The academic literature on immigration law and policy has largely neglected these second-order questions of institutional design. Its focus has been almost exclusively on two other questions: on the first-order question of how many, and whom, to admit; (8) and on the question of what role courts play in policing immigration policy. (9) But the second-order question is at least as important as the first-order question. Indeed, if a state makes poor second-order design choices, the importance of the first-order question fades: one cannot have an immigration policy if one cannot enforce it. And the role of courts cannot be understood apart from broader issues of institutional design. (10)

One of our contributions is to identify the importance of second-order questions and provide a framework for addressing them. A central design choice for any state, we argue, is the choice between ex ante and ex post screening. Under an ex ante approach, a state decides whether to accept a particular immigrant on the basis of pre-entry information, such as the immigrant's race or her educational achievement in her home country. In contrast, an ex post approach selects immigrants on the basis of post-entry information, such as her avoidance of criminal activity or unemployment in the host country. The ex ante approach generally, though not unavoidably, leads to a system of exclusion at the border; the ex post approach necessarily leads to a system of deportation. Much of the history of immigration policy can be characterized by one of these two main approaches, but little effort has been made to explain why a state would select one approach or the other.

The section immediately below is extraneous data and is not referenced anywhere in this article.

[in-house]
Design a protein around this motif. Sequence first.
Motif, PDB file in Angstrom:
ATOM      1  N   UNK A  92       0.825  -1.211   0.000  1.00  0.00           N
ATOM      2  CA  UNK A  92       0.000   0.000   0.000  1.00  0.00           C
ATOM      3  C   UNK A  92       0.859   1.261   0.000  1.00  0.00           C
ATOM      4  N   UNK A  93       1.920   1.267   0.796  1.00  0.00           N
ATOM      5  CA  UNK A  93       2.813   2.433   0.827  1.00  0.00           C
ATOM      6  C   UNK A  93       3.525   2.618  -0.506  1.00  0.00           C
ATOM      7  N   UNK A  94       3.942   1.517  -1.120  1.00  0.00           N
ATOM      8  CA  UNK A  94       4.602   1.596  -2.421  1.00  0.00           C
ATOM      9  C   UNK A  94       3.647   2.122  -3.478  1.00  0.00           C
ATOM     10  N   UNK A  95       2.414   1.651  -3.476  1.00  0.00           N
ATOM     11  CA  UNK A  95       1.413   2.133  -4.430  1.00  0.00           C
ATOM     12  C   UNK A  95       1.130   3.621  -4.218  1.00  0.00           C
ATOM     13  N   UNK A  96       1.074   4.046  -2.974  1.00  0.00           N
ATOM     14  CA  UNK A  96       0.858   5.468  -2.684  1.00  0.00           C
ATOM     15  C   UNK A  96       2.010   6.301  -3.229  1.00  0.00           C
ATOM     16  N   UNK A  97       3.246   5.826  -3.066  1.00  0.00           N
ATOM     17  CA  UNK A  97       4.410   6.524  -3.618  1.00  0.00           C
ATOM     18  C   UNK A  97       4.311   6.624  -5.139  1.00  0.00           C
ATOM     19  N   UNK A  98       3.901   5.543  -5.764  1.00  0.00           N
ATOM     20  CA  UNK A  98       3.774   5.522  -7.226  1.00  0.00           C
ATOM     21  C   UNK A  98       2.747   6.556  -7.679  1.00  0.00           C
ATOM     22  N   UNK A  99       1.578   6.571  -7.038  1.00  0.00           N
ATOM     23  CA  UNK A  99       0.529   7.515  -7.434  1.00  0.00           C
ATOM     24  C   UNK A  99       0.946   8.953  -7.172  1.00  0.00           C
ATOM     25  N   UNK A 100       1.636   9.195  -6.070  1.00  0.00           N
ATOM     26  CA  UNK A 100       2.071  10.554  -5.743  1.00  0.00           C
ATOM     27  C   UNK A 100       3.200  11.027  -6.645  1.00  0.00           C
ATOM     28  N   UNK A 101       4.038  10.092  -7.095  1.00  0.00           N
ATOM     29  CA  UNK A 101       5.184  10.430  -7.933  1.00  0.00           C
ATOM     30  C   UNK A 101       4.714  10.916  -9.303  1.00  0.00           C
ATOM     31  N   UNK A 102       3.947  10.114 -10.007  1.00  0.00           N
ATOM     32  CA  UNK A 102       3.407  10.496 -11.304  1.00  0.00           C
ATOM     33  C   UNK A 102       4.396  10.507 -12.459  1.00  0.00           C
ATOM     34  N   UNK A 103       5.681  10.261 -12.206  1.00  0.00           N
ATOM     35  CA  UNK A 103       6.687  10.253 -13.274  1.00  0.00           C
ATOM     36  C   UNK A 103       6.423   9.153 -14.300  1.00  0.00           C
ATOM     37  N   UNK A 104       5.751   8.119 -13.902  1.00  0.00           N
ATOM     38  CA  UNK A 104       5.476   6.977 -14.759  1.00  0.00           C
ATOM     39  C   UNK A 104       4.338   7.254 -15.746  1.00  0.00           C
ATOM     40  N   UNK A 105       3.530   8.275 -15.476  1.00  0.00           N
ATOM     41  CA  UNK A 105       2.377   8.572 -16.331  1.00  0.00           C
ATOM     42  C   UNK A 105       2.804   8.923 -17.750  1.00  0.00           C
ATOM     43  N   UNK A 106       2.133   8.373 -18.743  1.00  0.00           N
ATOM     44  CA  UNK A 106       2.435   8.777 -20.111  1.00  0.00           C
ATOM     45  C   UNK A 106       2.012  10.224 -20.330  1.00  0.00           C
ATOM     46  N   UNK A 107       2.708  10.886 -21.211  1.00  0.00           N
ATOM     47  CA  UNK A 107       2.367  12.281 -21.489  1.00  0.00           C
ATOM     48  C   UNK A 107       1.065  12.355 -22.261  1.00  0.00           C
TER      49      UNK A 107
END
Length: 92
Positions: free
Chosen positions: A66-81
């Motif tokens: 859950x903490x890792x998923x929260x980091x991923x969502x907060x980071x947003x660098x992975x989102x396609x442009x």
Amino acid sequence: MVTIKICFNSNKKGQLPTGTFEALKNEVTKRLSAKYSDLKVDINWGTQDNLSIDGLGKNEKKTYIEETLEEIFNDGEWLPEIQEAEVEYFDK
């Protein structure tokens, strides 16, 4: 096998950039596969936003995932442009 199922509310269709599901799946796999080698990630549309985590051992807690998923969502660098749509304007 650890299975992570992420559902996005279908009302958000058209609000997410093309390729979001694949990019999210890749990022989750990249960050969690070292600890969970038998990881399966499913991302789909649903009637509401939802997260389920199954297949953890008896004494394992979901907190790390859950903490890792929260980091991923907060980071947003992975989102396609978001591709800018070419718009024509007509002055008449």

We explore the advantages and disadvantages for a self-interested state of the ex ante and ex post approaches, as well as combinations of these approaches, and generate predictions about the circumstances under which one approach will dominate. We argue that immigration screening presents an information problem, and that the comparative effectiveness of ex ante and ex post screening turns in part on the solution to that problem. (11) The main screening advantage of the ex post system is that it uses more information (both about the immigrants and about the country's current needs) than the ex ante system does, which minimizes errors. The main advantage of the ex ante system is that it reduces the risk faced by potential immigrants that they will be deported, so that risk-averse noncitizens are more likely to enter and invest in the country than they are under the ex post system. There are also other important tradeoffs. The ex post system requires a probationary period that can be costly--if, for example, dangerous noncitizens commit crimes before being evaluated and deported, or if immigrants develop local ties that are disrupted by deportation. By contrast, the ex ante system can avoid these costs by excluding people at the border. Moreover, the two systems depend on different enforcement schemes, though it is unclear which is more costly: the ex ante system depends on the ability to control the border; the ex post system depends on the ability to detect noncitizens in the host country's territory. (12)